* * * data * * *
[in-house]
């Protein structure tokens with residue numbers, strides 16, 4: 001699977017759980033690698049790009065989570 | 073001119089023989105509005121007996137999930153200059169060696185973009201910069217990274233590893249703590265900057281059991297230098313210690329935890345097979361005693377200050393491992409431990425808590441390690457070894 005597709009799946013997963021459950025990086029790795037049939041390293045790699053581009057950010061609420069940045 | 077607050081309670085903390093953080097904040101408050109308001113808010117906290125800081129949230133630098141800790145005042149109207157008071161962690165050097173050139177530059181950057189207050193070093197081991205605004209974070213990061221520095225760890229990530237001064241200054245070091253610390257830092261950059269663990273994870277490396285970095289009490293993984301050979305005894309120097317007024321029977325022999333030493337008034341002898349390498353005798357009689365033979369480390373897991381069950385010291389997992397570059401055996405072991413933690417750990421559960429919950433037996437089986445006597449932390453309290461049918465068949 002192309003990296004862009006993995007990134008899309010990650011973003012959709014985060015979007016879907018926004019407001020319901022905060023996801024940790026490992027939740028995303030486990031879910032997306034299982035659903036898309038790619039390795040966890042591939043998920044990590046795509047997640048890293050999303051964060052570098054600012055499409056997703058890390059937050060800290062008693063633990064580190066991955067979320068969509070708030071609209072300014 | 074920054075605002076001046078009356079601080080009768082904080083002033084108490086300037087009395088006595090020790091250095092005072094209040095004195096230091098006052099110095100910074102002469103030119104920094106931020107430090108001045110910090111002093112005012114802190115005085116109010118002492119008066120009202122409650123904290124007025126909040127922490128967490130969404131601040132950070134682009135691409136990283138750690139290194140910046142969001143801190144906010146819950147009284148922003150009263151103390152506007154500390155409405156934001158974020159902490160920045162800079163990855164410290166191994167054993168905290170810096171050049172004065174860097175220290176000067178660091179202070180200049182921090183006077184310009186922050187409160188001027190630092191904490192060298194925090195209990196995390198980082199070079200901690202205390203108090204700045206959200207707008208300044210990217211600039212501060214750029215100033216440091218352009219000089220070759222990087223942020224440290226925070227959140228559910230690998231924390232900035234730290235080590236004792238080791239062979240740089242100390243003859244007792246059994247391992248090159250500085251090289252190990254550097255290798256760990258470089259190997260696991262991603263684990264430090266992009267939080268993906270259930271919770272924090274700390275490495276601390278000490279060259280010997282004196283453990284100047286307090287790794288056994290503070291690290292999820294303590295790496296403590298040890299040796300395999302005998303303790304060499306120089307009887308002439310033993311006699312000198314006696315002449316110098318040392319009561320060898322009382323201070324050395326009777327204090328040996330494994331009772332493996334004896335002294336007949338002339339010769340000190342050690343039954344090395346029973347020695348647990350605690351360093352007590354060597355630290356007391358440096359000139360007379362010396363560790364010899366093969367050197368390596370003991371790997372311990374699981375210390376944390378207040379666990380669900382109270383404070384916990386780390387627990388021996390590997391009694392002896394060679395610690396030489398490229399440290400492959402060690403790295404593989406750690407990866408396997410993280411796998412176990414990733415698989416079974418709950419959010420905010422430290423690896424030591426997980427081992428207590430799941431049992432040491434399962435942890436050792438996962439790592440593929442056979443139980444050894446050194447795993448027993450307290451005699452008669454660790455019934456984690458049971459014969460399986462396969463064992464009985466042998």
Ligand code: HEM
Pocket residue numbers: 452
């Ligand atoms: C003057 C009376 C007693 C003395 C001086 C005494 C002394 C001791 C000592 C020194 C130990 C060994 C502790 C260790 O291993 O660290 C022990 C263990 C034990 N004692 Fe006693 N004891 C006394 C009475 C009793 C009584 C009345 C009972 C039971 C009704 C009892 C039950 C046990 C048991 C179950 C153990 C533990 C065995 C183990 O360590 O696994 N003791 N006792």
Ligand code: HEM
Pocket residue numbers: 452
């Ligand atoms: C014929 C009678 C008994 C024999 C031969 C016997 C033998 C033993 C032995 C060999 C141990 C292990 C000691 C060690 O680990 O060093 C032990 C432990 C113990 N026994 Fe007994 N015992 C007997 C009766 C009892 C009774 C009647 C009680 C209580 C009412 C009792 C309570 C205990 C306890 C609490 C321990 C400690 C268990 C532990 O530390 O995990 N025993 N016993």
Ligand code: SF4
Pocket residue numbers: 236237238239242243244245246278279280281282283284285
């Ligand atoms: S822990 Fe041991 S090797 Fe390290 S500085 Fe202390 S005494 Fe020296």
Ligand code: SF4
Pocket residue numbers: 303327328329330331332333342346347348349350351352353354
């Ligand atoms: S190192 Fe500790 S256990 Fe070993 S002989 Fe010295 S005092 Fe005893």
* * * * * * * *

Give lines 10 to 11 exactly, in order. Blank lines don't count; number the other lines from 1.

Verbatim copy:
Pocket residue numbers: 236237238239242243244245246278279280281282283284285
């Ligand atoms: S822990 Fe041991 S090797 Fe390290 S500085 Fe202390 S005494 Fe020296």